The SRA announced earlier this year that it would be launching a crackdown against firms who fall foul of money laundering procedures.
As an initial assessment, the SRA wrote to a sample of 400 out of the approximately 7,000 SRA-regulated firms required to comply with the Money Laundering Regulations 2017, asking them to demonstrate compliance with the regulation. The SRA was mainly checking that firms have a money laundering risk assessment and implementation plan in place. The assessment came in response to an increase in dirty money entering the UK and a lack of reporting of suspicious activity by lawyers and accountants, with lawyers often seen as an easy target for laundering money.
The Fifth Money Laundering Directive is set to be transposed into national law by 10 January 2020. The 5MLD came about in response to terrorist attacks across the EU and offshore leaks investigated in the Panama papers. It addresses modern day money laundering concerns that were not sufficiently covered in the Fourth Directive. The core aim of the 5MLD is to address modern day money laundering concerns that were not covered in the Fourth Directive. One of the key changes to money laundering regulations that the Fifth Directive will bring is that Member States will have to implement enhanced due diligence (EDD) measures to monitor suspicious transactions involving high-risk countries more strictly.
How will the Fifth Money Laundering Directive affect enhanced due diligence?
The Fifth Directive will require enhanced due diligence when dealing with transactions from high-risk countries. As well as obtaining evidence of the source of funds and source of wealth, information on beneficial ownership and the background of the intended transaction must also be recorded. The EU may also designate a ‘blacklist’ of high-risk countries for money laundering.
Money laundering is a worldwide crime that is estimated to total over $2 trillion annually. In the past 20 years, laws have been put in place in the UK to crack down on this crime. This includes Client Due Diligence (CDD) procedures your firm must follow to ensure that your firm is not assisting in money laundering activities. When staff or businesses witness any suspicious activity, they are required to submit a suspicious activity report (SAR). Here is a short guide to what a SAR consists of and how to submit one.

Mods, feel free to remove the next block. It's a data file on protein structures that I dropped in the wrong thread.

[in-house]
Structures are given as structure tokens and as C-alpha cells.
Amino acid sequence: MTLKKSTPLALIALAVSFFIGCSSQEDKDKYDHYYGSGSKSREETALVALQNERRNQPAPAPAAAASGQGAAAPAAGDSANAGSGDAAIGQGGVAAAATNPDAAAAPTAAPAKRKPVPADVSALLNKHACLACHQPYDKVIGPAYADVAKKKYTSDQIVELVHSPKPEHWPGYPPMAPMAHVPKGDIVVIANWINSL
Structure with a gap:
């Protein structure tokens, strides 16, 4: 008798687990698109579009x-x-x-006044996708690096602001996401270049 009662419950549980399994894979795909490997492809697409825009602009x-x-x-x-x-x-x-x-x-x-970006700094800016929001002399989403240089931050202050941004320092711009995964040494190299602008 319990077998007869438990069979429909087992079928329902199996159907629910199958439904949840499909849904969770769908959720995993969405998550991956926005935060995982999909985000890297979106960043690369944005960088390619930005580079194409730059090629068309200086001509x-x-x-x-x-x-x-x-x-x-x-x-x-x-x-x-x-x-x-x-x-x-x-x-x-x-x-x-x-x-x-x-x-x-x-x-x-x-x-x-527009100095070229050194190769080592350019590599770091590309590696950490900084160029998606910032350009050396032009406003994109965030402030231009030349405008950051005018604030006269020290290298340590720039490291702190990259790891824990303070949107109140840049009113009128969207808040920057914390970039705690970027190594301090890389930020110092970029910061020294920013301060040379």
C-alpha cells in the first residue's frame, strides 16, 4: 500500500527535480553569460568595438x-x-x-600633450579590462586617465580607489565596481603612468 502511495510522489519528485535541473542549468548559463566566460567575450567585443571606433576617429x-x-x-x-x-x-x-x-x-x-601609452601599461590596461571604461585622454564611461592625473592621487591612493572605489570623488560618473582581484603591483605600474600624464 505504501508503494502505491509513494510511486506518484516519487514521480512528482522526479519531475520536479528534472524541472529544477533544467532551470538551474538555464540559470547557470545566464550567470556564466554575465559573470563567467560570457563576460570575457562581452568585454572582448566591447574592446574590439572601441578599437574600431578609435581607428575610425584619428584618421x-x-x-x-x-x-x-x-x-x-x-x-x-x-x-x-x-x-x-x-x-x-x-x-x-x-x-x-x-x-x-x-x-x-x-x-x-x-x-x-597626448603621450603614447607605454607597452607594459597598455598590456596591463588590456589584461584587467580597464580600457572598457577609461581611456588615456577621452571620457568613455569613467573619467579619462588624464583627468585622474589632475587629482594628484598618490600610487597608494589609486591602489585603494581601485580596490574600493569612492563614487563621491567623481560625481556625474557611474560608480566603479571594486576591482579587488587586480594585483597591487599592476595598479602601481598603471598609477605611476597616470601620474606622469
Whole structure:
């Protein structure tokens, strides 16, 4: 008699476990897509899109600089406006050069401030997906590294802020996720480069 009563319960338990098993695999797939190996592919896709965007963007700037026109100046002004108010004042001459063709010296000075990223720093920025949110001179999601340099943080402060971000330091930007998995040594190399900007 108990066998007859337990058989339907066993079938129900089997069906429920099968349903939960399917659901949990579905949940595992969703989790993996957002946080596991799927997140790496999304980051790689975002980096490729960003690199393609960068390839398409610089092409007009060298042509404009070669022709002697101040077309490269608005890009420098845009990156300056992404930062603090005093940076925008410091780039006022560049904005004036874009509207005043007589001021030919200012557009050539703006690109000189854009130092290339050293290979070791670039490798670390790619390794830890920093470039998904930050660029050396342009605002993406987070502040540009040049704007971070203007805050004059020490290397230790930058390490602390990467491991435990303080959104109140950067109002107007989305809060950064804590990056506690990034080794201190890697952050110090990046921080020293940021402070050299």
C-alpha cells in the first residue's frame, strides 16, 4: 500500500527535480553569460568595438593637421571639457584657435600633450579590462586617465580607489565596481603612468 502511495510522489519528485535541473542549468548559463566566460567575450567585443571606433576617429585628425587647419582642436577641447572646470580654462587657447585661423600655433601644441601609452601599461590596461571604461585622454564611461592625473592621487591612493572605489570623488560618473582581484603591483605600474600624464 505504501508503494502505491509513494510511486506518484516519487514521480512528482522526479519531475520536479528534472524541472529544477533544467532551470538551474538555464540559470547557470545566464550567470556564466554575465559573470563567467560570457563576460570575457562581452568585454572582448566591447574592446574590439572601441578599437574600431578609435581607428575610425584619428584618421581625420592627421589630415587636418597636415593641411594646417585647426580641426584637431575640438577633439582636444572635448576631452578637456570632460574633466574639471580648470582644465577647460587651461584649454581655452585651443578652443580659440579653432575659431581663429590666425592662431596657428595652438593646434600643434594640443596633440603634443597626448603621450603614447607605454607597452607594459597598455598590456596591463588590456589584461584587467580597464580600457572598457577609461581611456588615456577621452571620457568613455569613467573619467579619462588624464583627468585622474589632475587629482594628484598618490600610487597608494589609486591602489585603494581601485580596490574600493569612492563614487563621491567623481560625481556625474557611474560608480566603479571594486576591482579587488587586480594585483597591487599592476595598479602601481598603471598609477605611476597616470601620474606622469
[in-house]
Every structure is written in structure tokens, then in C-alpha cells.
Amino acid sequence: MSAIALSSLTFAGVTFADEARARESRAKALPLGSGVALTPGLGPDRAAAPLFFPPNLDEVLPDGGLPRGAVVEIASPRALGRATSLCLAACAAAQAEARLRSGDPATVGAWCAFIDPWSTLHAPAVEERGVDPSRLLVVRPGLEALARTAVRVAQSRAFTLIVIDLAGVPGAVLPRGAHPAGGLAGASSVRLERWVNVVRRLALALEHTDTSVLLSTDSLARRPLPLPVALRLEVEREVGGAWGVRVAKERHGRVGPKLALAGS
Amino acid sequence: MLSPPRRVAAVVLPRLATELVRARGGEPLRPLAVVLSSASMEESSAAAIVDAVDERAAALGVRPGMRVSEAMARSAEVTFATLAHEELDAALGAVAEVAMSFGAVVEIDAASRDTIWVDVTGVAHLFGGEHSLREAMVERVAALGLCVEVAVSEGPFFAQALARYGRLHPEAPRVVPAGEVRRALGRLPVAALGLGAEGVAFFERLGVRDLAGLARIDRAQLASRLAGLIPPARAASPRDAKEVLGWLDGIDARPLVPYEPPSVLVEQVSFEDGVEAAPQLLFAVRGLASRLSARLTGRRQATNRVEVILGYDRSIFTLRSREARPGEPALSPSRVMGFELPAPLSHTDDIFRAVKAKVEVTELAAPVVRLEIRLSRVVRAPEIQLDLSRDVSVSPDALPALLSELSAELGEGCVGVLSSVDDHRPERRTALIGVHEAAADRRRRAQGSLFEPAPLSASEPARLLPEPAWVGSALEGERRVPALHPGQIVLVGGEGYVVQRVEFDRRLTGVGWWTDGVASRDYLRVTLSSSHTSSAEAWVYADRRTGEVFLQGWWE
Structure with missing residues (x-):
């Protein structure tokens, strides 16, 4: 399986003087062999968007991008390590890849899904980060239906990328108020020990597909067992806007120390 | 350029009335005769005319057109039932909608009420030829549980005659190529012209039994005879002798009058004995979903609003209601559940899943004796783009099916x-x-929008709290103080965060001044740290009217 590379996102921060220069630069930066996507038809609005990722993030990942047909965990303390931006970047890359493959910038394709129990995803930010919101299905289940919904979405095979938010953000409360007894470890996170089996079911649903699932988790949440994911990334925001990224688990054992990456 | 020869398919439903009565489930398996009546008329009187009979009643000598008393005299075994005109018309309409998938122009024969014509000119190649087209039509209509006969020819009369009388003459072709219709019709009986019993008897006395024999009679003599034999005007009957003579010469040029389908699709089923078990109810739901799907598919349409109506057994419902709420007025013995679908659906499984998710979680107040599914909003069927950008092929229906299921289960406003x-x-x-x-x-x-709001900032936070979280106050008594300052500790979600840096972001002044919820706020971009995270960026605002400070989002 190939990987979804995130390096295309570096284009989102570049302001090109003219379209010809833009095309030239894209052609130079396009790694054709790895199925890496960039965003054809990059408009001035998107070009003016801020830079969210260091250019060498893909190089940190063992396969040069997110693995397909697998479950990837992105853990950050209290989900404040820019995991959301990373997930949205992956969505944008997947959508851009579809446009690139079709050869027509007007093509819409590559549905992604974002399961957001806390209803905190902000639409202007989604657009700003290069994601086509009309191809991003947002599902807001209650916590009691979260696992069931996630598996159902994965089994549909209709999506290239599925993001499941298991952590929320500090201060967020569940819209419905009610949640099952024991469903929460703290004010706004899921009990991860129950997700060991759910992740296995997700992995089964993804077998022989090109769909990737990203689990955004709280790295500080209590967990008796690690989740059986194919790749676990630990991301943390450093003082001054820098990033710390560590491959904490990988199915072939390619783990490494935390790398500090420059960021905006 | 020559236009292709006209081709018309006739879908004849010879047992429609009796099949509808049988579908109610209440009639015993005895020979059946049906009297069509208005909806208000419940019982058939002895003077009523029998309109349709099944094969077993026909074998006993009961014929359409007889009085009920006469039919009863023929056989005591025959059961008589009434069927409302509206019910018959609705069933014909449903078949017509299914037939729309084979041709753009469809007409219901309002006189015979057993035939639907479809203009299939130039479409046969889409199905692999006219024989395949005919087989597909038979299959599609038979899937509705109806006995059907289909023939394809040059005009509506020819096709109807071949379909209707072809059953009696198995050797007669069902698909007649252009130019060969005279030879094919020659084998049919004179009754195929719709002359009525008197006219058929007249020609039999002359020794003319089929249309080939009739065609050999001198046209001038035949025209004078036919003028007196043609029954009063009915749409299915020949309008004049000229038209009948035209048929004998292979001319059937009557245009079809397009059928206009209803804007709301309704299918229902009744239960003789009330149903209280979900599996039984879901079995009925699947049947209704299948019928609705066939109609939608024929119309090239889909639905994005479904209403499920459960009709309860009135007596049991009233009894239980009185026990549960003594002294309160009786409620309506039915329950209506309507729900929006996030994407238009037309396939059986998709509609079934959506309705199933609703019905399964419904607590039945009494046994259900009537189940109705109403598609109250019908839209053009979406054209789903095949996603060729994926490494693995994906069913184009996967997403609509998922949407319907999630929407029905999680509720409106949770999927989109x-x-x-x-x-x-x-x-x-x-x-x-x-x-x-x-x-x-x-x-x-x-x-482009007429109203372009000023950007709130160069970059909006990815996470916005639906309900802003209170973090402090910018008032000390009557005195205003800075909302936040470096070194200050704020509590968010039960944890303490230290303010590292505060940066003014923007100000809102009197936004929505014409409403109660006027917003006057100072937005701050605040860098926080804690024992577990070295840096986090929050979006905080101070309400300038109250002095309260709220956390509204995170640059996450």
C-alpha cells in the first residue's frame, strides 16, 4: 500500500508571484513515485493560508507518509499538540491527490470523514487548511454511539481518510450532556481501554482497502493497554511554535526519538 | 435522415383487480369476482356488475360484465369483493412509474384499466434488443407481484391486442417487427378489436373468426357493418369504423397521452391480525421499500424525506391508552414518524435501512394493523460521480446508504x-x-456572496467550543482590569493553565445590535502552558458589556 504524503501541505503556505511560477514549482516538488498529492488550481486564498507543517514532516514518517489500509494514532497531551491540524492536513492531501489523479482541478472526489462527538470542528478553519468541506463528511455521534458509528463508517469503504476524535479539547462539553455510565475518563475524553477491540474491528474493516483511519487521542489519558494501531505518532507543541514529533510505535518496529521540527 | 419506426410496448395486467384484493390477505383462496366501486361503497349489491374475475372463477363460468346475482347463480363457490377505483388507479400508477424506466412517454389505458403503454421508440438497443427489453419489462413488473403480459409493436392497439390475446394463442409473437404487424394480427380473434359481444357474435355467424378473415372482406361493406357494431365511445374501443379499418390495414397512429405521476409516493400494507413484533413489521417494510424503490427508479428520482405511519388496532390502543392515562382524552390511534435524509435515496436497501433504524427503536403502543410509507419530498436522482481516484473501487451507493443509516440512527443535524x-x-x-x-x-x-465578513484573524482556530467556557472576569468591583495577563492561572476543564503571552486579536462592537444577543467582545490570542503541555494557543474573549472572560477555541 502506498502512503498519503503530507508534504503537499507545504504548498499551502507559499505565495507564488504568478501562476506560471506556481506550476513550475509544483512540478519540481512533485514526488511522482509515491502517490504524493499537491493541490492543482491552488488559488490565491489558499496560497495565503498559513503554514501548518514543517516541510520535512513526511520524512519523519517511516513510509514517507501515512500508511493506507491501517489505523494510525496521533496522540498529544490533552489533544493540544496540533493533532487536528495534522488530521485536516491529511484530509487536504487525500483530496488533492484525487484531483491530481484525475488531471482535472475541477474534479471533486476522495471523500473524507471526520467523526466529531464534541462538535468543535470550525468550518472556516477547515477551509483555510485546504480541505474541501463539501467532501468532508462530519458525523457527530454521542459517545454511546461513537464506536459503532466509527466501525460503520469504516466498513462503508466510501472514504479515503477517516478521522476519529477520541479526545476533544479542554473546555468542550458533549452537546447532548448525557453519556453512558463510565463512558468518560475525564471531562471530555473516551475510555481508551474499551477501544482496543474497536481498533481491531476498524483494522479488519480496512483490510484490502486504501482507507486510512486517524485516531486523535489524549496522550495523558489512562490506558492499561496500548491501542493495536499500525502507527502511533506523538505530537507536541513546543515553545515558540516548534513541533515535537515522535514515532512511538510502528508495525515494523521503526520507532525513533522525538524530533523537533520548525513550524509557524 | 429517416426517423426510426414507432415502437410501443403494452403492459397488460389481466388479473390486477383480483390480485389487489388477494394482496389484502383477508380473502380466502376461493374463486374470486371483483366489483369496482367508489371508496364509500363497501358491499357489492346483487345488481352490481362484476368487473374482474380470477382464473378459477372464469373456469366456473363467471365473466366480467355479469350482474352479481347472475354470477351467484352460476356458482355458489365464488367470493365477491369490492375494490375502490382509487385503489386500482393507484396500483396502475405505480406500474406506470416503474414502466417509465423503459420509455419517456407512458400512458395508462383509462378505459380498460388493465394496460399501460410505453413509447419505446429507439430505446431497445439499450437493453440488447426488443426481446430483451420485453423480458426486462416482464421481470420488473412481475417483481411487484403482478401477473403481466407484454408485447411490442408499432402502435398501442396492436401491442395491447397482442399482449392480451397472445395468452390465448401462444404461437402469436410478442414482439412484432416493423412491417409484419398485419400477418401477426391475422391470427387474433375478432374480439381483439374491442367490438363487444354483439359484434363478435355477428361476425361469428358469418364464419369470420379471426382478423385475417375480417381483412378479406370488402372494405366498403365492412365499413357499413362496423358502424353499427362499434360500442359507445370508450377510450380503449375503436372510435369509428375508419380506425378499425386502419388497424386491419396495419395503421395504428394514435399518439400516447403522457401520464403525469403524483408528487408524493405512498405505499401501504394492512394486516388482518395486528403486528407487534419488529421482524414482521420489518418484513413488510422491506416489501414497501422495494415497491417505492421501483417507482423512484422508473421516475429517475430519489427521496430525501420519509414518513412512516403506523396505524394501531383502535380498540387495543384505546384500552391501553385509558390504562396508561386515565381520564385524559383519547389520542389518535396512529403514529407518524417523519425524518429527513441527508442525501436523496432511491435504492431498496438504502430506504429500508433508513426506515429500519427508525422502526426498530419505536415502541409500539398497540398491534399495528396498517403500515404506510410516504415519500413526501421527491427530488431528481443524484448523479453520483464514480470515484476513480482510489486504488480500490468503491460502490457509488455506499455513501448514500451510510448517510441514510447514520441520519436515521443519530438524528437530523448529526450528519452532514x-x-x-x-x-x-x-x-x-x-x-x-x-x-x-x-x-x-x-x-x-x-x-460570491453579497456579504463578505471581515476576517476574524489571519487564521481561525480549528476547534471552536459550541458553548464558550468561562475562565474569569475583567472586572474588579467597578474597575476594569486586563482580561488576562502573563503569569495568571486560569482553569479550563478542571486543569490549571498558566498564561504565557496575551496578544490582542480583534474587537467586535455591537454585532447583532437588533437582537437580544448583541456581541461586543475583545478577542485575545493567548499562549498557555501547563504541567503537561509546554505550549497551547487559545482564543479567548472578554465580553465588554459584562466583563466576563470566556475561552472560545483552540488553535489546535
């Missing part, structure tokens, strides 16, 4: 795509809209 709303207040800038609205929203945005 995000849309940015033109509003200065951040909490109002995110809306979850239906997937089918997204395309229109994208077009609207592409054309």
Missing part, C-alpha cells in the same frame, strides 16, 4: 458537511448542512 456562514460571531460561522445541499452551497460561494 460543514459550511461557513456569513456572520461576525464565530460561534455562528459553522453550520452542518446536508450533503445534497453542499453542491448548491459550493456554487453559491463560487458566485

The UK is obligated to transpose Directive (EU) 2018/843, commonly known as the Fifth Money Laundering Directive (5MLD), into national law by 10 January 2020. Despite Brexit and the flexible date of Britain leaving the EU, the terms of the implementation of 5MLD are set out in the Withdrawal Agreement between the UK and European Commission. Even if such an agreement doesn’t end up being the foundation of Brexit, the 5th Directive will need to become law in the UK.
In April 2019, the UK government launched its consultation on transposing the Fifth Directive into UK law. It contains a number of important expected changes and additional obligations all compliance officers should know about. For those who wish to respond, the consultation is running until 10 June 2019.
Here, we provide a comprehensive accounting of all the key changes compliance officers should know about the Fifth Directive.
UK estate agents were hit last week with surprise HMRC inspections as part of a week-long crackdown on money laundering in the property industry.
HMRC paid surprise visits to estate agents after they were suspected of trading without being registered as required under money laundering regulations. In all, agents in London (35), Leicester (5), South Bucks and Berkshire (4), Greater Manchester (3), Watford (1), Wakefield (1) and Wolverhampton (1) were raided in order to determine their compliance with money laundering regulations of 2017.